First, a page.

26. Bersani, M. et al. Combined EXAFS, XRD, DRIFTS, and DFT study of nano copper-based catalysts for CO2 hydrogenation. ACS Catal. 6, 5823–5833 (2016).

    CAS  Article  Google Scholar 

  27. Lunkenbein, T., Schumann, J., Behrens, M., Schlogl, R. & Willinger, M. G. Formation of a ZnO overlayer in industrial Cu/ZnO/Al2O3 catalysts induced by strong metal-support interactions. Angew. Chem. Int. Ed. 54, 4544–4548 (2015).

    CAS  Article  Google Scholar 

  28. Sápi, A. et al. In situ DRIFTS and NAP-XPS exploration of the complexity of CO2 hydrogenation over size-controlled pt nanoparticles supported on mesoporous NiO. J. Phys. Chem. C. 122, 5553–5565 (2018).

    Article  CAS  Google Scholar 

  29. Bowker, M. & Waugh, K. C. From surface science to catalysis: the importance of methoxy and formate species on Cu single crystals and industrial catalysts. Surf. Sci. 650, 93–102 (2016).

    CAS  Article  ADS  Google Scholar 

  30. Kobl, K. et al. In situ infrared study of formate reactivity on water-gas shift and methanol synthesis catalysts. C. R. Chim. 18, 302–314 (2015).

    CAS  Article  Google Scholar 

  31. Fujitani, T., Nakamura, I., Uchijima, T. & Nakamura, J. The kinetics and mechanism of methanol synthesis by hydrogenation of CO2 over a Zn-deposited Cu(111) surface. Surf. Sci. 383, 285–298 (1997).

    CAS  Article  ADS  Google Scholar 

  32. Weigel, J., Koeppel, R., Baiker, A. & Wokaun, A. Surface species in CO and CO2 hydrogenation over copper/zirconia: On the methanol synthesis mechanism. Langmuir 12, 5319–5329 (1996).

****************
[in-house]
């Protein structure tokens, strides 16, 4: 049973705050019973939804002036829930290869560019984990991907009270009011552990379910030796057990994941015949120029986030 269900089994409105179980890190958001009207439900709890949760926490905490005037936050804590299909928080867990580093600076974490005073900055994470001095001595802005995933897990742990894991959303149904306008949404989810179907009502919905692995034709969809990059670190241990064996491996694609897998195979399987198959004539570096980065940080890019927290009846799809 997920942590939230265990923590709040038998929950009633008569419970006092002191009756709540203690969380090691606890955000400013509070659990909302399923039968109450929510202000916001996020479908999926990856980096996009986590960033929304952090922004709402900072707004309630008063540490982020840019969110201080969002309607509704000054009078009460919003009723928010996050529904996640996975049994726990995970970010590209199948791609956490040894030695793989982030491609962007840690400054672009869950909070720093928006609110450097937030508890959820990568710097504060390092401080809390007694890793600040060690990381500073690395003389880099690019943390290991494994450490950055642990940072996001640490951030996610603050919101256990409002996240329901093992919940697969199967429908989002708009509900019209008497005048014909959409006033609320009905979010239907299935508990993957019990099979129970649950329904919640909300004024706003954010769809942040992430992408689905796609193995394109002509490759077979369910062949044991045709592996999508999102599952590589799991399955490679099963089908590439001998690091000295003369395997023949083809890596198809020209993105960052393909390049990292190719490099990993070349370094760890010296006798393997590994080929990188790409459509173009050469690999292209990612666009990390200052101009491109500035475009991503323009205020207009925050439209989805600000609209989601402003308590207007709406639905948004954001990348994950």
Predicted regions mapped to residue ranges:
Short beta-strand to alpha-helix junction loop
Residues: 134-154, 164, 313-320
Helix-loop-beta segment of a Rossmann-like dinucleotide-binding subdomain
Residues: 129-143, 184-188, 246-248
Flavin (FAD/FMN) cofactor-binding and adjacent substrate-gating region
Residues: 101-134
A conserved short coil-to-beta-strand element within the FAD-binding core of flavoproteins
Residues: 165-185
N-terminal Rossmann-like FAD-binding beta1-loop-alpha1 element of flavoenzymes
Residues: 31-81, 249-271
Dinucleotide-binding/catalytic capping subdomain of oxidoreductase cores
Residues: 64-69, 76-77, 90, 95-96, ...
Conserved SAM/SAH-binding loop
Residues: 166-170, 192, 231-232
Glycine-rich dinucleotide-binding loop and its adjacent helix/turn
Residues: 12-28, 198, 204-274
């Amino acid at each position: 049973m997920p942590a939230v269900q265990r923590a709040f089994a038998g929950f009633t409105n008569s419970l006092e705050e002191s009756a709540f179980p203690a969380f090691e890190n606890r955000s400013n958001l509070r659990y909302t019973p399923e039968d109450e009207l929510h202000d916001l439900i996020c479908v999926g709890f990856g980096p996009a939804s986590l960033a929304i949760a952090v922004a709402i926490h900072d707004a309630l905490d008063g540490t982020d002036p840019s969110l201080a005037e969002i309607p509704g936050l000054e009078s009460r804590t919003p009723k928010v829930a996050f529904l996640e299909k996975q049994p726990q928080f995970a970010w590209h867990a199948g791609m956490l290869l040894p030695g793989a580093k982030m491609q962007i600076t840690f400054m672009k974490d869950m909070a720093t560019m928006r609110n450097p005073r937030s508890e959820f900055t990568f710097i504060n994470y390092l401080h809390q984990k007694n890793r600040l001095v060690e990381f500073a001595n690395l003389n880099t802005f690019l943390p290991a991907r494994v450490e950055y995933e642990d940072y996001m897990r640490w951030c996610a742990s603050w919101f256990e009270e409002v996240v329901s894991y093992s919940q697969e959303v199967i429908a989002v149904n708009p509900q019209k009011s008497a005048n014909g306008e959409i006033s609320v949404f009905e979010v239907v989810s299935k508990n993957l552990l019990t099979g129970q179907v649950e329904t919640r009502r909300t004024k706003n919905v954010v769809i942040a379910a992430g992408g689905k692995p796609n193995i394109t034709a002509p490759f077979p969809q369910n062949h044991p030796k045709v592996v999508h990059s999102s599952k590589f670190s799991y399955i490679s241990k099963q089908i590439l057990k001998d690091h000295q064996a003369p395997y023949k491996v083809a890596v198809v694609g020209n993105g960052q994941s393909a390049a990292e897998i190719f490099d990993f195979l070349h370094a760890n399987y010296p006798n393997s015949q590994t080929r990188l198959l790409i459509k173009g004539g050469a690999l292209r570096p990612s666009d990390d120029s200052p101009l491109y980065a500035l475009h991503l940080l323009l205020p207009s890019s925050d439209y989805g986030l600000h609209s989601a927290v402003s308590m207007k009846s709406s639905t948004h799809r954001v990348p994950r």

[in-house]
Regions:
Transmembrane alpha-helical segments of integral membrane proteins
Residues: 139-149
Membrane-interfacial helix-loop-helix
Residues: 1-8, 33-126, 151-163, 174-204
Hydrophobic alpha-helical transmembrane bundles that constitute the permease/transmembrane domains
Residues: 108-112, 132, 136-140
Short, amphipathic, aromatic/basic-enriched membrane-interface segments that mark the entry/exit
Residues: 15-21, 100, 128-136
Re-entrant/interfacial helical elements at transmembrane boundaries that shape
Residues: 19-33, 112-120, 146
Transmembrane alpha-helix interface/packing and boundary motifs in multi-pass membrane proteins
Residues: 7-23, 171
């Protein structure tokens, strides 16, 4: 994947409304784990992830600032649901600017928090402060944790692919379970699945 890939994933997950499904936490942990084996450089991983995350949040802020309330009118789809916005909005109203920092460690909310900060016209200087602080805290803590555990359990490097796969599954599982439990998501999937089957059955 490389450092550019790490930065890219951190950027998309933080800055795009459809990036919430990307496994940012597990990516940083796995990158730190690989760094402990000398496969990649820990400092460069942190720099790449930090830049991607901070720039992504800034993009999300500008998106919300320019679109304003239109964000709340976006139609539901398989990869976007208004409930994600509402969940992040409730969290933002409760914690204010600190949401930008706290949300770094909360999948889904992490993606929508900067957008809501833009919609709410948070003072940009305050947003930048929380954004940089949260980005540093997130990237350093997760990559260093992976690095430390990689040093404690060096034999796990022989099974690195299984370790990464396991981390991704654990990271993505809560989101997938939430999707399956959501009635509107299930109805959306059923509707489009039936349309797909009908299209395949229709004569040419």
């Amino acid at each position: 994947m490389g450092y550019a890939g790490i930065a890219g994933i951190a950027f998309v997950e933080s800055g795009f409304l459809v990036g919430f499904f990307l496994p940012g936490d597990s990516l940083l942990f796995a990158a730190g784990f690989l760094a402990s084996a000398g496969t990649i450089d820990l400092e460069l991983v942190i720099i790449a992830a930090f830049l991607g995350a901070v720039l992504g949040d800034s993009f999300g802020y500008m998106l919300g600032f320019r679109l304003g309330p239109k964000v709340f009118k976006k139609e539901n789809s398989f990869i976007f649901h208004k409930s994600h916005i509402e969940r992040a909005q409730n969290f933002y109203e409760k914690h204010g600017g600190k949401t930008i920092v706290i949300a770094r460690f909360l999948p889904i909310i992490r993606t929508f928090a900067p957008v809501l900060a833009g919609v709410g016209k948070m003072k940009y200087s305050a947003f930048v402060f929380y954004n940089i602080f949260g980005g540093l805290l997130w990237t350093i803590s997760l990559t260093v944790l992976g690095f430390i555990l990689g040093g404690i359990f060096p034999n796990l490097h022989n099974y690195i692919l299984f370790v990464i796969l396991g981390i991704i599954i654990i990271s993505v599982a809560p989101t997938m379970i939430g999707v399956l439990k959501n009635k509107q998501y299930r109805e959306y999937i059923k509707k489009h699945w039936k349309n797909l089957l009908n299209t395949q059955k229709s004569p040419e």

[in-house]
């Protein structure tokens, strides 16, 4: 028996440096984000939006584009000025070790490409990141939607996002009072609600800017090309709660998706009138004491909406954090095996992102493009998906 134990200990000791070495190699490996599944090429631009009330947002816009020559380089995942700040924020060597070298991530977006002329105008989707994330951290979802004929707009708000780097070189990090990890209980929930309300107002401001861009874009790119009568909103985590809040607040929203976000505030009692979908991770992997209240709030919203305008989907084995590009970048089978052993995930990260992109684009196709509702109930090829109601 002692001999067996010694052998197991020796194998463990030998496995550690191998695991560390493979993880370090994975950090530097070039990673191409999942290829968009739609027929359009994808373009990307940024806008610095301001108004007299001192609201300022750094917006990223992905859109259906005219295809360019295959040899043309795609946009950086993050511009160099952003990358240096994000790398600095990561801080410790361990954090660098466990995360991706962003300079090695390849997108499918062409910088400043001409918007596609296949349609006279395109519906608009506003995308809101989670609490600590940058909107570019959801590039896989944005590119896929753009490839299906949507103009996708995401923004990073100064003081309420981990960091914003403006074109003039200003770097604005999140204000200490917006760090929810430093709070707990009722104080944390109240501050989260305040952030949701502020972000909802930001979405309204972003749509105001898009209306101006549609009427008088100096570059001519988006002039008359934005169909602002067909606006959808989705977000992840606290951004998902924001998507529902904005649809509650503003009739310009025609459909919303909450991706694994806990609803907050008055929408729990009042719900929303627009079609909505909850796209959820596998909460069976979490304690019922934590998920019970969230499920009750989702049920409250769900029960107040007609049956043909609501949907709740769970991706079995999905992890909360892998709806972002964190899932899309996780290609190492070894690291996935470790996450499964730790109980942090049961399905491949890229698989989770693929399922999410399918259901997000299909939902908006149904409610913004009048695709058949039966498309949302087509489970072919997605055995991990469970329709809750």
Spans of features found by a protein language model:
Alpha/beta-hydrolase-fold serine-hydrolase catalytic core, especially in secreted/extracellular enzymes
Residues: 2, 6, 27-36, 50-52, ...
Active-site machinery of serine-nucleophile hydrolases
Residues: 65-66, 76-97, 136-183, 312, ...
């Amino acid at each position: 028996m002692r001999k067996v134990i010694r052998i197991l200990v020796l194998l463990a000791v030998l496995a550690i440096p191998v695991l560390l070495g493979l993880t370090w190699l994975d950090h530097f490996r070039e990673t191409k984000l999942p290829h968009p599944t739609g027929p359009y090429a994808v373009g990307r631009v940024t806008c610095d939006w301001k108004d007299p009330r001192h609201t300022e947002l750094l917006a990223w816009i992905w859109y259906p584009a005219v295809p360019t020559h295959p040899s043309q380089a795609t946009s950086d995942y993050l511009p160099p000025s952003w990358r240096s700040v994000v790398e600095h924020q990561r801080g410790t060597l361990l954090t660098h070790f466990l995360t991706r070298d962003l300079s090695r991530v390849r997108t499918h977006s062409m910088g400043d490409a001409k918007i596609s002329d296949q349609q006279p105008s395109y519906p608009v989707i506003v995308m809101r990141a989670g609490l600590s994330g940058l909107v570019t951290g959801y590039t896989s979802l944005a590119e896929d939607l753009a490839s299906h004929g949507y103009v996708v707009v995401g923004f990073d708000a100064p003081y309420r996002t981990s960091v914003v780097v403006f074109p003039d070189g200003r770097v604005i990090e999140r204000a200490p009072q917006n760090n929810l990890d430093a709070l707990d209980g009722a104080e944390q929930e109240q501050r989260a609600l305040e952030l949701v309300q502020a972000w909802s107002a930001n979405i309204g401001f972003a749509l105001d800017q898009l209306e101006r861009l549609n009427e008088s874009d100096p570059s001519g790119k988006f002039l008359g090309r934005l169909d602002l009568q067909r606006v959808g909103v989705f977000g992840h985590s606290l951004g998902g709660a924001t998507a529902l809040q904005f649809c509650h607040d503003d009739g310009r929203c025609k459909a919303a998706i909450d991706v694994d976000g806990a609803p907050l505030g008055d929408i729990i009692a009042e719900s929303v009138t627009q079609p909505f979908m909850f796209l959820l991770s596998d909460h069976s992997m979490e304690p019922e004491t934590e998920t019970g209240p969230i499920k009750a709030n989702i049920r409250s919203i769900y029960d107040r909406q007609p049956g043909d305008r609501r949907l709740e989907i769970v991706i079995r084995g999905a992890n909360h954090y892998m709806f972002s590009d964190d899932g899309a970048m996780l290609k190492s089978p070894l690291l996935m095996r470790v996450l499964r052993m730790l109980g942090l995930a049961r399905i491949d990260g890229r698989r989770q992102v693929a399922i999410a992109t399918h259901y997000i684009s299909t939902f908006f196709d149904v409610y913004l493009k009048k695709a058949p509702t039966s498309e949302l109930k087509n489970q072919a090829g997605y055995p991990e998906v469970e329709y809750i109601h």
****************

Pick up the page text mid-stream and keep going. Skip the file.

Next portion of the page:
CAS  Article  Google Scholar 

  33. Kattel, S., Yan, B., Yang, Y., Chen, J. G. & Liu, P. Optimizing binding energies of key intermediates for CO2 hydrogenation to methanol over oxide-supported copper. J. Am. Chem. Soc. 138, 12440–12450 (2016).

    CAS  Article  PubMed  Google Scholar 

  34. Martin, O. et al. Operando synchrotron X‐ray powder diffraction and modulated‐excitation infrared spectroscopy elucidate the CO2 promotion on a commercial methanol synthesis catalyst. Angew. Chem. 128, 11197–11202 (2016).

    Article  Google Scholar 

  35. Larmier, K. et al. CO2‐to‐Methanol hydrogenation on zirconia‐supported copper nanoparticles: reaction intermediates and the role of the metal-support interface. Angew. Chem. 129, 2358–2363 (2017).

    Article  Google Scholar 

  36. Zhang, Y. et al. Surface-plasmon-driven hot electron photochemistry. Chem. Rev. 118, 2927–2954 (2018).

    CAS  Article  PubMed  Google Scholar 

  37. Lindstrom, C. & Zhu, X.-Y. Photoinduced electron transfer at molecule-metal interfaces. Chem. Rev. 106, 4281–4300 (2006).

    CAS  Article  PubMed  Google Scholar 

  38. Beinik, I., Hellström, M., Jensen, T. N., Broqvist, P. & Lauritsen, J. V. Enhanced wetting of Cu on ZnO by migration of subsurface oxygen vacancies. Nat. Commun. 6, 8845 (2015).

    CAS  Article  ADS  PubMed  Google Scholar 

  39. Grabow, L. C. & Mavrikakis, M. Mechanism of methanol synthesis on Cu through CO2 and CO hydrogenation. ACS Catal. 1, 365–384 (2011).

    CAS  Article  Google Scholar